Brennan writes a chapter in which everything is falling apart.   The four teens met at Cami's apartment and Faye can tell from Robbie's and Skip's actions and anger that they will have to be killed.   When Cami takes Robbie out to the quarry to facilitate his death, she feels no remorse.   However, Robbie had given Cami the pictures she wanted and she is now out for revenge because no one makes a fool of her.

Faye, on the other hand experiences much remorse at having to kill her friend, Skip.   Faye is so consumed with feelings of unworthiness that she doesn't care if he kills her.   When she arrives at the villain's house, he puts her in the shower to wash away Robbie's blood, only to find that Faye had cut herself -- deeply.   He took care of her.

Chapter Twenty-Five
Connor drove Julia to the car rental agency and gave her a passionate kiss because he was worried about leaving her alone.   Julia headed over to Stephanie Ridge's house to talk with her.   Stephanie got defensive and angry and denied that Jason had raped Shannon.   But Julia got two pieces of vital information.   One, Michelle O'Dell had been at the charity event and two, Stephanie knew about Wishlist.

When Julia went to call on Gina O'Dell, she was left standing outside the door as she told one lie after another as she asked for a current picture of Michelle.   Gina revealed that Michelle always stayed with the O'Dell's when she came back to San Diego.

To finish off the confusing picture that was being painted around Michelle O'Dell, Michelle finally returned Julia's phone call.   Julia was given another round of non-answers from Michelle about Jason and Shannon.   Michelle also denied being in San Diego over the weekend.

Meanwhile, Connor is at the hospital after finding out all he could about Tom and Laura Chase.   Connor could verify all the information on Tom, who moved to Maine after his daughter's suicide, but Laura seemed to have dropped off the face of the earth.   Connor shared his information with Will as they waited for Dillon to release Emily and Chief Causey to make a statement to the press so they could get Emily out of town.

Chapter Twenty-Six
Julia is saying good-bye to Emily and learns that Crystal had lied about the custody fight when Julia told Emily she wanted her to come live with her when this was all over.   As Julia asks Emily about Jason Ridge, Shannon Chase, and Michelle O'Dell, Connor recognized Michelle's picture as the girl who hit on him at the party and that she said her name was Cami.   Will got a call and notified everyone that Dennis Richardson had been found stabbed in his bedroom.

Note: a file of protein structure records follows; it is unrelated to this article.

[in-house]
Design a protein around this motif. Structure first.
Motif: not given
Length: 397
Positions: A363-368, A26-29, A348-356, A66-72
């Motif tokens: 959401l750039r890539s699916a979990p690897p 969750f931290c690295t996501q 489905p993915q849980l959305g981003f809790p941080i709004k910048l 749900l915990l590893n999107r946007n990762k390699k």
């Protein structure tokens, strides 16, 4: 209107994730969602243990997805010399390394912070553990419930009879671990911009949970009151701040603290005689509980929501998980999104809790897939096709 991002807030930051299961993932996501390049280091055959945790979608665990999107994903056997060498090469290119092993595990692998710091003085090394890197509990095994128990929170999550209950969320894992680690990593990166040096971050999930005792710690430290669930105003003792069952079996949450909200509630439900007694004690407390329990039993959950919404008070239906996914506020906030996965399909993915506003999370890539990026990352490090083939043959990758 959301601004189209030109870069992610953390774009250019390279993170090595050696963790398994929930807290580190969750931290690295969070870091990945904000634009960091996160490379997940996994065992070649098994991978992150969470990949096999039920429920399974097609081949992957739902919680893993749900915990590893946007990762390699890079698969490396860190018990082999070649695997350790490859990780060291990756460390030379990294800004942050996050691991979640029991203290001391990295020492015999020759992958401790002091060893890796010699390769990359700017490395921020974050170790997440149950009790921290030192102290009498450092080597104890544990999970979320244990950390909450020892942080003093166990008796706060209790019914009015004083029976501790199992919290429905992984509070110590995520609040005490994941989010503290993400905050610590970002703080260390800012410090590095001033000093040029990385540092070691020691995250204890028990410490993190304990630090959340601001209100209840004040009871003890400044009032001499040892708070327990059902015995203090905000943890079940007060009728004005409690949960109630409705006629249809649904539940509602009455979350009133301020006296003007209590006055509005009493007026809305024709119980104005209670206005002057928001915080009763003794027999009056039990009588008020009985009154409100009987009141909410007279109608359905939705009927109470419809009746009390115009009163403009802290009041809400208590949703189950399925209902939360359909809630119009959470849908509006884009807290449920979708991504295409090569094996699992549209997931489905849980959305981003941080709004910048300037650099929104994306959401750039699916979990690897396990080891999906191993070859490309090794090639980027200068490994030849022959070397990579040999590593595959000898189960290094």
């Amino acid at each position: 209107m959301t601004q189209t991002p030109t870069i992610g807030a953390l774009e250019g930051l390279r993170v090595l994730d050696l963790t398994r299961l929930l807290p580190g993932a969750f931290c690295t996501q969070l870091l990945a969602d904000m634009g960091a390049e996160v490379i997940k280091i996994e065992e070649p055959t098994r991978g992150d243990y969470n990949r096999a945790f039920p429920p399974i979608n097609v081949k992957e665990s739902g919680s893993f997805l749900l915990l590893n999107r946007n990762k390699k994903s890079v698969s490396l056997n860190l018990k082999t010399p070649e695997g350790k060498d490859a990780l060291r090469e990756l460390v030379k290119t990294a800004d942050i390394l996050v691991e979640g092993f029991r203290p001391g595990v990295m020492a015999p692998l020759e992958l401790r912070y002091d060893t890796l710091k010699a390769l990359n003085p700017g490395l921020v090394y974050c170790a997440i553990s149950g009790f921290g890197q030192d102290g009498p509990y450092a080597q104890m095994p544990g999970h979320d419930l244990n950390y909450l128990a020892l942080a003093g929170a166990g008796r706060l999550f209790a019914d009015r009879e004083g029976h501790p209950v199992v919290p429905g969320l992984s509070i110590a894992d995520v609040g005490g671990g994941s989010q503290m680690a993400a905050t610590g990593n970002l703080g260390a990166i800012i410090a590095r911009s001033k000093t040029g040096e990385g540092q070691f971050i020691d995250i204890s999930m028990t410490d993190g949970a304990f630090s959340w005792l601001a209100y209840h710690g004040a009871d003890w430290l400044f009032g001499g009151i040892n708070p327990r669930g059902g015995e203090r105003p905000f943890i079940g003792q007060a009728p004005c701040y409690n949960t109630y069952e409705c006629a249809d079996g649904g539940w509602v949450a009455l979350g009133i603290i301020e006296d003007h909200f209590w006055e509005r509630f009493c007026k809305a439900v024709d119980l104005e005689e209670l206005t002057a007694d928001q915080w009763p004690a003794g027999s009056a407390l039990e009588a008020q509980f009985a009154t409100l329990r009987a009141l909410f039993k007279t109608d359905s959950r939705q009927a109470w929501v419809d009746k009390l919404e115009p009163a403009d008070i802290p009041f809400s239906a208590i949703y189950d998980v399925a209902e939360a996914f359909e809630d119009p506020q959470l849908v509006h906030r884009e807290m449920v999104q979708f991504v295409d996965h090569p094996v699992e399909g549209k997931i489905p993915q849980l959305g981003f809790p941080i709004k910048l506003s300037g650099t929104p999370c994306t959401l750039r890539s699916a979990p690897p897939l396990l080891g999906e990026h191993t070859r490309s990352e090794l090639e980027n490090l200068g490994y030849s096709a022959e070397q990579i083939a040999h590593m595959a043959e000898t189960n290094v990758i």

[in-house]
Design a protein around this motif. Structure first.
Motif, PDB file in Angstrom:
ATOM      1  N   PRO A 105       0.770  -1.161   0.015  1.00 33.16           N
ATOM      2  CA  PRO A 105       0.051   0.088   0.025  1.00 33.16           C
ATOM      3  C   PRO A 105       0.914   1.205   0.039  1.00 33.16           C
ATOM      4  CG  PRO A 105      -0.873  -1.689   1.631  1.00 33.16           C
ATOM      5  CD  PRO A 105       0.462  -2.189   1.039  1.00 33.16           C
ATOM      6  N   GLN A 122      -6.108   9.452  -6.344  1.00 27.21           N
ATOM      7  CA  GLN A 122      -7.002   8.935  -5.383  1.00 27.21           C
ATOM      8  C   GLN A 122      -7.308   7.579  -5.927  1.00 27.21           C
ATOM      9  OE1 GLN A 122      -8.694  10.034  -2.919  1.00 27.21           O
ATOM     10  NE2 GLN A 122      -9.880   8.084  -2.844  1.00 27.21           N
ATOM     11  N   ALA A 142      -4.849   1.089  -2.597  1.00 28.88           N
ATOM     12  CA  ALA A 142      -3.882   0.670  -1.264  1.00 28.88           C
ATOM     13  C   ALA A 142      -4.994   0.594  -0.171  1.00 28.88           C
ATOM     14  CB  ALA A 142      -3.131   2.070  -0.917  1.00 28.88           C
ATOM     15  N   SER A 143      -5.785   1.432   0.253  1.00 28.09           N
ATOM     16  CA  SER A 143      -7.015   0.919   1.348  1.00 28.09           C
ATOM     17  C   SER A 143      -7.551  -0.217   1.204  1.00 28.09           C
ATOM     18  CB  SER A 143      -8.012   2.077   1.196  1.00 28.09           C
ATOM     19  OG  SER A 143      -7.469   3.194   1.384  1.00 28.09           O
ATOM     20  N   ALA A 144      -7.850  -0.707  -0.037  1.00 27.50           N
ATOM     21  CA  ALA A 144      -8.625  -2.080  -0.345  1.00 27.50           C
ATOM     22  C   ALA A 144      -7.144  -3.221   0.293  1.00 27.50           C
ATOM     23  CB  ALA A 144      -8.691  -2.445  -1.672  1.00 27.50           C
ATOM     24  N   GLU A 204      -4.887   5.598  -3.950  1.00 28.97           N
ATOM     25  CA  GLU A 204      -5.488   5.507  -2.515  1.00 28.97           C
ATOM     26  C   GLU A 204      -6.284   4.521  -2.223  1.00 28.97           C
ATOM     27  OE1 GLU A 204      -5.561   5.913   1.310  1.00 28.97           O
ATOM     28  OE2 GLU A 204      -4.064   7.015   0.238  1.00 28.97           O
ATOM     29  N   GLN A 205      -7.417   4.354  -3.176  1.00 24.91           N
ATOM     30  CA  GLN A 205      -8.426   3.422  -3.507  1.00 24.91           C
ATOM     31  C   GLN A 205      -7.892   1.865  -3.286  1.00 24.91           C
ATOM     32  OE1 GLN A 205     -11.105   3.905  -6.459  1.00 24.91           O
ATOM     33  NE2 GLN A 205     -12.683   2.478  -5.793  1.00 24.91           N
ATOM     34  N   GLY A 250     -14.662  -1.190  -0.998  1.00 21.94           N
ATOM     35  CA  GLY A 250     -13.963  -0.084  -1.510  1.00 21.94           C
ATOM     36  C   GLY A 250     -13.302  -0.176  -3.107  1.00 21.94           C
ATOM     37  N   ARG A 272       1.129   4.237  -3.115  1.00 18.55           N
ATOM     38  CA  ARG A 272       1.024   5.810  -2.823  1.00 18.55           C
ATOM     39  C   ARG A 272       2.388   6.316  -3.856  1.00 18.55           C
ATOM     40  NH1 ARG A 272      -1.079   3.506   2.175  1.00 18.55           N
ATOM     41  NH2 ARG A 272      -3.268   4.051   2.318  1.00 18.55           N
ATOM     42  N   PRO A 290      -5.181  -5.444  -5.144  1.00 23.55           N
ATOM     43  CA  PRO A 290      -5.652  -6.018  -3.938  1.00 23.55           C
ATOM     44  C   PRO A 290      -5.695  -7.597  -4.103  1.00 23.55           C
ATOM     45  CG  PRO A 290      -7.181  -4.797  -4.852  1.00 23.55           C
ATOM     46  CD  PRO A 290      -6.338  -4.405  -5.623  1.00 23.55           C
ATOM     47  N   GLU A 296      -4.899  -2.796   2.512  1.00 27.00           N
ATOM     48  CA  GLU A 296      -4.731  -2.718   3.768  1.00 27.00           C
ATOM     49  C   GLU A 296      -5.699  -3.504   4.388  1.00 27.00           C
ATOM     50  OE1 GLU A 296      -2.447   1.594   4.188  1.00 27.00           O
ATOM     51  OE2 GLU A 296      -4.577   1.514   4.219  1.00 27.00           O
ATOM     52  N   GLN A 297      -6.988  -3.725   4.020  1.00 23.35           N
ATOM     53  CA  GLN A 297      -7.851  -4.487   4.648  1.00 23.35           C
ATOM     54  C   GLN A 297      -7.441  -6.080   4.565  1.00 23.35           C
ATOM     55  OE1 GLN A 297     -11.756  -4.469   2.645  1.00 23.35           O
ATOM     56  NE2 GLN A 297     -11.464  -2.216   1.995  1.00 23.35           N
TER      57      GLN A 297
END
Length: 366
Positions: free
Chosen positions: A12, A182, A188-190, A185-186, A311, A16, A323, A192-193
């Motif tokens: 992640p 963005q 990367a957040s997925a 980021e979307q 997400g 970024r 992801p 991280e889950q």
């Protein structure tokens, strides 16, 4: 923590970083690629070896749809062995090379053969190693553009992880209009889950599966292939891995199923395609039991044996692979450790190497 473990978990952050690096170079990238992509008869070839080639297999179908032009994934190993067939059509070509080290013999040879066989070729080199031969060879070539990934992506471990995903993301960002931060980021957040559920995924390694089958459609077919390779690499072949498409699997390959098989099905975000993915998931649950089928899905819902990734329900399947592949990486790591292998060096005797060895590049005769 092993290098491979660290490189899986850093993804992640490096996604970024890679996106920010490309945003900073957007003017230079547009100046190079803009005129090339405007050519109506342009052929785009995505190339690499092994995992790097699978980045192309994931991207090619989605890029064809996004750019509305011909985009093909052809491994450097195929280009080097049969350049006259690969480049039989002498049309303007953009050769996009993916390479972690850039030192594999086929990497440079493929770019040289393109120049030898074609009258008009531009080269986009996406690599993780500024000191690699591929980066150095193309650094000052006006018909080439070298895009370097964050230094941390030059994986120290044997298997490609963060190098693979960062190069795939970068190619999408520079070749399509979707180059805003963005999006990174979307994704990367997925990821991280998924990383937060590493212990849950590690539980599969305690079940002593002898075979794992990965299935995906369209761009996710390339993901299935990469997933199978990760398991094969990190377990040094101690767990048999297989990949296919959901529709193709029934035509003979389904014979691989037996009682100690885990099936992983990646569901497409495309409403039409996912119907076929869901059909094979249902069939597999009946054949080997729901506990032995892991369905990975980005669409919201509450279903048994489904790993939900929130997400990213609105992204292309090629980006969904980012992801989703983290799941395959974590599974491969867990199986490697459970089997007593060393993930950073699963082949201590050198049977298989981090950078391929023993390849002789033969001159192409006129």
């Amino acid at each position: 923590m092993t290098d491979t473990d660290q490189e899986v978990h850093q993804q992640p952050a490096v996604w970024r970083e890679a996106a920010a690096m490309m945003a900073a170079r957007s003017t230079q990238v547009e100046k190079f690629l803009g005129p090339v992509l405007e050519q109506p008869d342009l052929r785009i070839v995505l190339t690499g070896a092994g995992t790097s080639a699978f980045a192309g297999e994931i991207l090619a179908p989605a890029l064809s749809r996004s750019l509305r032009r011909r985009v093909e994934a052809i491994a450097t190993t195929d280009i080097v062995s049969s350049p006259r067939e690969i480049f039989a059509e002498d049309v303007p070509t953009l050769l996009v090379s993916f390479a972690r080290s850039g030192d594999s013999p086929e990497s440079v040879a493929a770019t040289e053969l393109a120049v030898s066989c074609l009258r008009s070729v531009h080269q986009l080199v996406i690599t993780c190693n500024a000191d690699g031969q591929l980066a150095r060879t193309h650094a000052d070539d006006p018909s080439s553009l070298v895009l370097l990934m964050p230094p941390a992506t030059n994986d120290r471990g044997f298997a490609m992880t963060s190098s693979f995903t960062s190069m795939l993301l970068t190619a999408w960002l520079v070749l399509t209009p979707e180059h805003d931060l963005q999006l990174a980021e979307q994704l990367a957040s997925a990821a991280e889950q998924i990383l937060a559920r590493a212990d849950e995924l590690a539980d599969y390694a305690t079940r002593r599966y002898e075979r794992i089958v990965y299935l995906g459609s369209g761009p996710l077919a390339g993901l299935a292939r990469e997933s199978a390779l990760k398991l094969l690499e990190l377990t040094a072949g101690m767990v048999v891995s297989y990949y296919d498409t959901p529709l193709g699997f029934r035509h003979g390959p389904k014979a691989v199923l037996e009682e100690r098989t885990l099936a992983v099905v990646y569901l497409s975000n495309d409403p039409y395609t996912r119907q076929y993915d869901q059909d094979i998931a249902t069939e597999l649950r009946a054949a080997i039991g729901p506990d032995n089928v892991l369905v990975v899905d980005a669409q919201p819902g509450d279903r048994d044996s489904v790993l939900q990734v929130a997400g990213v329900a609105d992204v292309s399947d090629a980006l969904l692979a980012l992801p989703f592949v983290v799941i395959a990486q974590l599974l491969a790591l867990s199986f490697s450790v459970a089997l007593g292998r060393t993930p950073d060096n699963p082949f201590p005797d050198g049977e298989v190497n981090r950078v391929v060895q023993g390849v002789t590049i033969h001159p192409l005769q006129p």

Faye overheard the co-villain tell the villain about Faye's brutality in killing Skip.   The villain loved her, protected her, he told the co-villain that he didn't know where she was.   The co-villain told the villain he needed to convince Faye to confess so they would be free.   So Faye went to the police station and confessed to killing Victor.

Chapter Twenty-Seven
Dillon had never seen such dead, empty eyes as he interviewed Faye, who admitted to killing Judson, Victor, Bowen, Skip and Robbie.   Dillon had to leave the interview room when Faye realized he was a shrink and spat on him.   Will continued the interview and Dillon could tell something was off, but he didn't know what.   Dillon warned Chief Causey and Stanton that Faye needed to be under 24/7 suicide watch.

Chapter Twenty-Eight
The villain headed over to Cami's to find Faye.   When Cami pointed to the tv where the news was broadcasting that Victor's killer surrendered, he knew Faye had overheard his conversation.   The villain felt bad that he and Cami had so manipulated Faye that she had turned herself in.   He knew Faye would never survive being prodded by shrinks and doctors.   (It's amazing, but I can't help but feel sorry for Faye.)